As I mentioned in a previous post the Western side of Camberwell is a moveable feature with what some call Camberwell, others argue is Brixton, Oval, Herne Hill, Putney or wherever (or on reflection maybe not Putney but you get my drift). I guess Brixton has more street‐cred and greater recognition than Camberwell.
The Urban75 website is an excellent source of information, reviews, discussion and much much else for all things Brixton (and surrounding area).
Occasionally Urban 75 features reports from Camberwell such as the excellent feature on the lost pubs of the area which documents several of the ‘characterful’ and rather intimidating pubs of Coldharbour Lane that I remember cycling by when I first lived in Brixton in 1998.
Recently it featured Ruskin Park and I was intrigued by another report that they carried on the ‘Camberwell Submarine’ which is an architectural feature I have passed on several occasions and wondered what it was. It is interesting that they consider Akerman Road, SW9 to be in Camberwell.
Another site I have recently discovered is the Lambeth Landmark which features old photos from Lambeth’s archives — by selecting Brixton North or Loughborough Junction from the places menu you can access several from the SE5 Camberwell area.
A request for information was received in the comments section of a previous post, I thought that it should receive more prominence on the blog
Can anyone help this journalist:
Did you know that the oldest person in New Zealand, Florence Violet Finch (nee Regardsoe), who died this week at the age of 113, was born in Camberwell? I am a reporter with the daily newspaper Hawke’s Bay Today, covering the region where Mrs Finch has lived the last 40 years of her life, and am urgently seeking any information anyone may have about her family in Camberwell, and any background relating to her late husband, a Charles Finch. Contact may be made in the first instant to this e‐mail address: firstname.lastname@example.org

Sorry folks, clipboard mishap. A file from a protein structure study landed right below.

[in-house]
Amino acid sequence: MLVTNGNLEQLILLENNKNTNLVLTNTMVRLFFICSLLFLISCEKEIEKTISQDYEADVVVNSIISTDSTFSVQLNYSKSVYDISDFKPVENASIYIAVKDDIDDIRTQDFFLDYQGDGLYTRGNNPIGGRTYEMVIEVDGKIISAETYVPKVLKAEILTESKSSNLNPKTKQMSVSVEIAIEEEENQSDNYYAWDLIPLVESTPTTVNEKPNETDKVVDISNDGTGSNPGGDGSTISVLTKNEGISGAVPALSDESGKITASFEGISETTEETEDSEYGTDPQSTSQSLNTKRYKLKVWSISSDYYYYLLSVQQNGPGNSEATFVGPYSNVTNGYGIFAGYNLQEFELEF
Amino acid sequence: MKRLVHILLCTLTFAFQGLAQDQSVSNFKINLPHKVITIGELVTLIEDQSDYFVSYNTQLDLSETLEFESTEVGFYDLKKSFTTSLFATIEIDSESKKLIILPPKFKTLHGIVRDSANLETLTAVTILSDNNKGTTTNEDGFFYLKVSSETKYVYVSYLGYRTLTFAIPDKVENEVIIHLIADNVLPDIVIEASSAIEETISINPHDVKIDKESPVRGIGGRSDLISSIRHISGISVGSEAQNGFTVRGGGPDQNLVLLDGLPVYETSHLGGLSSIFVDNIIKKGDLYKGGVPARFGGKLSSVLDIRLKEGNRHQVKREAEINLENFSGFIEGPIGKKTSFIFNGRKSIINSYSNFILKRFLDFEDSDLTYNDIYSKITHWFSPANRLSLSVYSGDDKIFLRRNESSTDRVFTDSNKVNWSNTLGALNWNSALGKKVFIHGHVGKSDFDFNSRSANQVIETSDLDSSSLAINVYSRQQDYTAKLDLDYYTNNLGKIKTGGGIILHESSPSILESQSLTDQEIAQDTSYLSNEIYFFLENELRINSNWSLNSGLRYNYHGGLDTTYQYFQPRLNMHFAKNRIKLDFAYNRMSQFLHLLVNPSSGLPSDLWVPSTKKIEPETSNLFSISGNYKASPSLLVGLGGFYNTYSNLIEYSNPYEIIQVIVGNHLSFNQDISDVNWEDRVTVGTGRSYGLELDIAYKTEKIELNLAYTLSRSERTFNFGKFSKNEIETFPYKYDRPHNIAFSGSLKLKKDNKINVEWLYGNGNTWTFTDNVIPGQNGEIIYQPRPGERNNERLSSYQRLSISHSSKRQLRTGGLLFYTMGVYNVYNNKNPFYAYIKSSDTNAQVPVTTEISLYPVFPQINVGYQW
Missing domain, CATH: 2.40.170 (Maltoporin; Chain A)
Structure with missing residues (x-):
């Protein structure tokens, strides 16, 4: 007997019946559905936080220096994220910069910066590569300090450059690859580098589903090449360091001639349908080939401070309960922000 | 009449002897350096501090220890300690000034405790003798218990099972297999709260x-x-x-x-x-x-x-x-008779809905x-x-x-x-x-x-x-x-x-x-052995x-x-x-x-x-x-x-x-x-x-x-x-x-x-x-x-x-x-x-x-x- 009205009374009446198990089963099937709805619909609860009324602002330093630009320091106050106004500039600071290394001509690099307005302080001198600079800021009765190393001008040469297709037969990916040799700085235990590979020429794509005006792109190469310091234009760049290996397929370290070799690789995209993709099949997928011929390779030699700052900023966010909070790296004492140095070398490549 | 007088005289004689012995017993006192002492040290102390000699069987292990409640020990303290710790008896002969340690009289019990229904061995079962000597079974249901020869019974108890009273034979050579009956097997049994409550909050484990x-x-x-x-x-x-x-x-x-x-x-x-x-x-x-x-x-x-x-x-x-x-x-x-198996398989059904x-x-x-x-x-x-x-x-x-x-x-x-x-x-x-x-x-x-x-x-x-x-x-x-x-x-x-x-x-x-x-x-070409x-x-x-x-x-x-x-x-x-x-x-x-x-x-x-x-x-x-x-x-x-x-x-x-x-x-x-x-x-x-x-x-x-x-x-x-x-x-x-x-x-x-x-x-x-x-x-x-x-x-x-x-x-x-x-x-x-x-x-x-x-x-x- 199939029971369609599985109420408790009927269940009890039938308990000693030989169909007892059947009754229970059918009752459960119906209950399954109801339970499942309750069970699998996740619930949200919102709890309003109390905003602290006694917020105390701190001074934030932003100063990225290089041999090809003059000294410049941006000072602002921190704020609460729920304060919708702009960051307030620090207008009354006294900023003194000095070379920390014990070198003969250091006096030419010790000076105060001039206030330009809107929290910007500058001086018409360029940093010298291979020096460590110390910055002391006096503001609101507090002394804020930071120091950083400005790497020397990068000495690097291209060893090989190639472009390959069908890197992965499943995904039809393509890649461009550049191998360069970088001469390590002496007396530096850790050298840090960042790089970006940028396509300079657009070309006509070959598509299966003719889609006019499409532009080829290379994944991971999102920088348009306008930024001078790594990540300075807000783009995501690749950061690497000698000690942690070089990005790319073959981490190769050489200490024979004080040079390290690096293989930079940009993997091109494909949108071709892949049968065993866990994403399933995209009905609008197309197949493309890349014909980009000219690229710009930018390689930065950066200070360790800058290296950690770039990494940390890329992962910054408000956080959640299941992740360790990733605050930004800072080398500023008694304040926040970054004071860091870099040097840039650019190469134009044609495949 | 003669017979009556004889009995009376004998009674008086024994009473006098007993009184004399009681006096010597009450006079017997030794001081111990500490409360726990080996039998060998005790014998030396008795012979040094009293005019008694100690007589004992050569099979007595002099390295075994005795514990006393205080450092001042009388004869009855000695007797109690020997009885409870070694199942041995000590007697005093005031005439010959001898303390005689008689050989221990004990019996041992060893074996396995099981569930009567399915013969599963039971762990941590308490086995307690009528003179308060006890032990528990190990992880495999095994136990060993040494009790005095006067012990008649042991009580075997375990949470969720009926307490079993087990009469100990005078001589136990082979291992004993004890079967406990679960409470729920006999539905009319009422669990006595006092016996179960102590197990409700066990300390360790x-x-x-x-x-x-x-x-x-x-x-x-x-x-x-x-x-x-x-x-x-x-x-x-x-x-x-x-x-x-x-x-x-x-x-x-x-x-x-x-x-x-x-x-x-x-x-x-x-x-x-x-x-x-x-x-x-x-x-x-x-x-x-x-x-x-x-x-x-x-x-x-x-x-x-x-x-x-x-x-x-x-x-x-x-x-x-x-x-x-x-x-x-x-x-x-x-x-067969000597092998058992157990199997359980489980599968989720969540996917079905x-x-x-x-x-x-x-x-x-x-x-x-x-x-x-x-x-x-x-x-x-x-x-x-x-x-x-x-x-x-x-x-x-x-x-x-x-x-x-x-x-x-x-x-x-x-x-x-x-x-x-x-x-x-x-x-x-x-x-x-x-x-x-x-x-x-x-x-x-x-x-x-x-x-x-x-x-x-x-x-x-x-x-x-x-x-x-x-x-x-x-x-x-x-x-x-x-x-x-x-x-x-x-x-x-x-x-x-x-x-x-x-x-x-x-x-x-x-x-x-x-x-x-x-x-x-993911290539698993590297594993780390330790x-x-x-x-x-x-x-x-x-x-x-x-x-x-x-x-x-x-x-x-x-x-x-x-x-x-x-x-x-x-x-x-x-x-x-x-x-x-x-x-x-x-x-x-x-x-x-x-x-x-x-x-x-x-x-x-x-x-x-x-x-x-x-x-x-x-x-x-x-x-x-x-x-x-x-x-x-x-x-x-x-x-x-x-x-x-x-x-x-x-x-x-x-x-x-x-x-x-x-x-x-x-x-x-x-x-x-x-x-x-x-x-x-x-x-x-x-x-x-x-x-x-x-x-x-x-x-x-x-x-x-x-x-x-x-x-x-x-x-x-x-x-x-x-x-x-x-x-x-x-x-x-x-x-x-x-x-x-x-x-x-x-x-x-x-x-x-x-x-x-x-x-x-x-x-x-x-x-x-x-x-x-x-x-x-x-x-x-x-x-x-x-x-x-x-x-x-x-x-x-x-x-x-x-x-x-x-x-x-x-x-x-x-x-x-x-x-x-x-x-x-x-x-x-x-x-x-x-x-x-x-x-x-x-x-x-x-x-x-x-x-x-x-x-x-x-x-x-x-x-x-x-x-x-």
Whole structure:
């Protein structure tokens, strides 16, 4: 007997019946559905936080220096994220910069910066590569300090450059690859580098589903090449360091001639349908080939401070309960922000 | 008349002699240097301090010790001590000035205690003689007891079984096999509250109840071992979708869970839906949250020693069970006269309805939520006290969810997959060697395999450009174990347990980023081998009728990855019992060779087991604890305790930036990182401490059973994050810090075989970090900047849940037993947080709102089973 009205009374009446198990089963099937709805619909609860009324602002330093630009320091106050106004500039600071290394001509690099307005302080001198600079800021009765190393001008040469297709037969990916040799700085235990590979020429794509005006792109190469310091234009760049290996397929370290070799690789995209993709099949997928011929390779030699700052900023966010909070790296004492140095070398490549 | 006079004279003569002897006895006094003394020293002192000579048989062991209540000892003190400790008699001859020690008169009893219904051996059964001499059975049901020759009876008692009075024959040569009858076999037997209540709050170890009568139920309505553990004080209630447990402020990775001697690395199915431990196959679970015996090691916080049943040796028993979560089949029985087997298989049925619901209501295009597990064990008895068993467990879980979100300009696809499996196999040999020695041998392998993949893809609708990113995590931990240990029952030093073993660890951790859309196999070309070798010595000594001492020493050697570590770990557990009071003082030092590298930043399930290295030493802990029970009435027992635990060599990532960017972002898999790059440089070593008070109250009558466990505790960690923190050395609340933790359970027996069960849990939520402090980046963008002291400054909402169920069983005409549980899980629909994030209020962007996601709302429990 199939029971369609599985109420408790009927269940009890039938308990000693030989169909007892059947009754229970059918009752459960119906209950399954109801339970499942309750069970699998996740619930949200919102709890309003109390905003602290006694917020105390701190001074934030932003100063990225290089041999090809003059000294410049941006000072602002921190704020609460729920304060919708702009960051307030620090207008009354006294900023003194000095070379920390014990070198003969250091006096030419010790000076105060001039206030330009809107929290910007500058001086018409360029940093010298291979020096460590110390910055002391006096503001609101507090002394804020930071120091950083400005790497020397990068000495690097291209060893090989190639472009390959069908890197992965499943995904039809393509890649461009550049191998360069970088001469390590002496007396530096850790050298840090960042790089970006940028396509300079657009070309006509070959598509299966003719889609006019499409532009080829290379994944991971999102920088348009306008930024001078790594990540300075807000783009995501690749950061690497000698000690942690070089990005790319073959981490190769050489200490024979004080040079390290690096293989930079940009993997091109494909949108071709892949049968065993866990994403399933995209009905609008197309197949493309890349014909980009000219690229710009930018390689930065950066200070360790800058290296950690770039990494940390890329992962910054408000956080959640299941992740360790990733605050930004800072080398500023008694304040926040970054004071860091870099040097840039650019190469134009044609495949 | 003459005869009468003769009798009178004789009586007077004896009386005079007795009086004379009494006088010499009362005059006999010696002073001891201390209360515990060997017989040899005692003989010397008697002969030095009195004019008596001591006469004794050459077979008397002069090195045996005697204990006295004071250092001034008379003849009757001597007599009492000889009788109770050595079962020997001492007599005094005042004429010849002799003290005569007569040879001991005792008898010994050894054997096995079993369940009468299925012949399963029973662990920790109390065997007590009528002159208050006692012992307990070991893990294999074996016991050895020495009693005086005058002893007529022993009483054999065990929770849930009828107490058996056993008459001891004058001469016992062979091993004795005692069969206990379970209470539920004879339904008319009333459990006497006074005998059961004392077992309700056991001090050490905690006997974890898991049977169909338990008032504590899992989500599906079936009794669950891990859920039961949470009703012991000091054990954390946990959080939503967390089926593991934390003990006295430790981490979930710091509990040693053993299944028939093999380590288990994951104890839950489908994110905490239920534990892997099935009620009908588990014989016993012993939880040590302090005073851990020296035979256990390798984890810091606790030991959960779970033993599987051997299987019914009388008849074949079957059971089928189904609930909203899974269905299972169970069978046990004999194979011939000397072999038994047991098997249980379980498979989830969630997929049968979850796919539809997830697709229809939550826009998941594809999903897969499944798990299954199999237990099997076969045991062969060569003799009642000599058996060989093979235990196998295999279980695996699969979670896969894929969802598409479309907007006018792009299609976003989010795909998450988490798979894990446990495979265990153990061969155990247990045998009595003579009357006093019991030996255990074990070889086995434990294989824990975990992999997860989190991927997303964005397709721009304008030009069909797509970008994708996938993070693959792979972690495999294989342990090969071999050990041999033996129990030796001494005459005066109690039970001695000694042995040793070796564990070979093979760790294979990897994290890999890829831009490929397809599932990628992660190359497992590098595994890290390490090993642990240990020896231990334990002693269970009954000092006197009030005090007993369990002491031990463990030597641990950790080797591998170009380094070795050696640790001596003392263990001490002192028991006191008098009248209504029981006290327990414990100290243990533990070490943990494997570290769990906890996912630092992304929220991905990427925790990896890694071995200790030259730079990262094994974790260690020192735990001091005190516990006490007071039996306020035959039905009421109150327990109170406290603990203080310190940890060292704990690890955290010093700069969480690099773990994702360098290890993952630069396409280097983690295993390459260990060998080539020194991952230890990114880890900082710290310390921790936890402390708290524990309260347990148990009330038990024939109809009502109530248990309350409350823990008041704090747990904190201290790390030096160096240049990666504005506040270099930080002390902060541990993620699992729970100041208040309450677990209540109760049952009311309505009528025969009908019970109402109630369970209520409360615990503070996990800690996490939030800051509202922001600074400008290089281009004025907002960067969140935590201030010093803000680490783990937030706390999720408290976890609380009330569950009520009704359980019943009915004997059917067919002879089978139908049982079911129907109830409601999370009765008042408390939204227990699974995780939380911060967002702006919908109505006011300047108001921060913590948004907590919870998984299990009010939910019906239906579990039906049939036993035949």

Did you know that Camberwell has it’s own coat of arms? Well, at least the (now‐defunct) Metropolitan Borough of Camberwell did.
The various elements of the arms represent the three constituent parts of the Borough. The wells are a ‘canting’ allusion to the name Camberwell, they also represent some of the many wells in the area, of which one was said to have healing properties, and was therefore associated with St. Giles, the patron saint of cripples.
I mentioned this in a comment recently.
The lion represents the Liberty of Peckham, it derives from the badge of Robert Earl of Gloucester, an illegitimate son of Henry I, who was Lord of the Manor of Peckham.
So the Leopard Man of Peckham has an illustrious forebearer!
The wounded hart and crosier, are emblems of St. Giles, to whom the Parish Church of Camberwell is dedicated. He is probably associated with Camberwell because of the well with healing powers, the name Camberwell is said to be derived from the ‘well of the crooked or cripples’ (camber being derived from an old word meaning crooked).
I’ve also tracked down a famous piano piece by Felix Mendelssohn called ‘Spring Song [MIDI file]’; the original title was ‘Camberwell Green’, as it was written when the composer stayed on Denmark Hill. It sounds like the music that would play in a silent movie when the damsel was introduced, shortly before being abducted and tied to a train track by a mustachioed, cape‐twirling villain.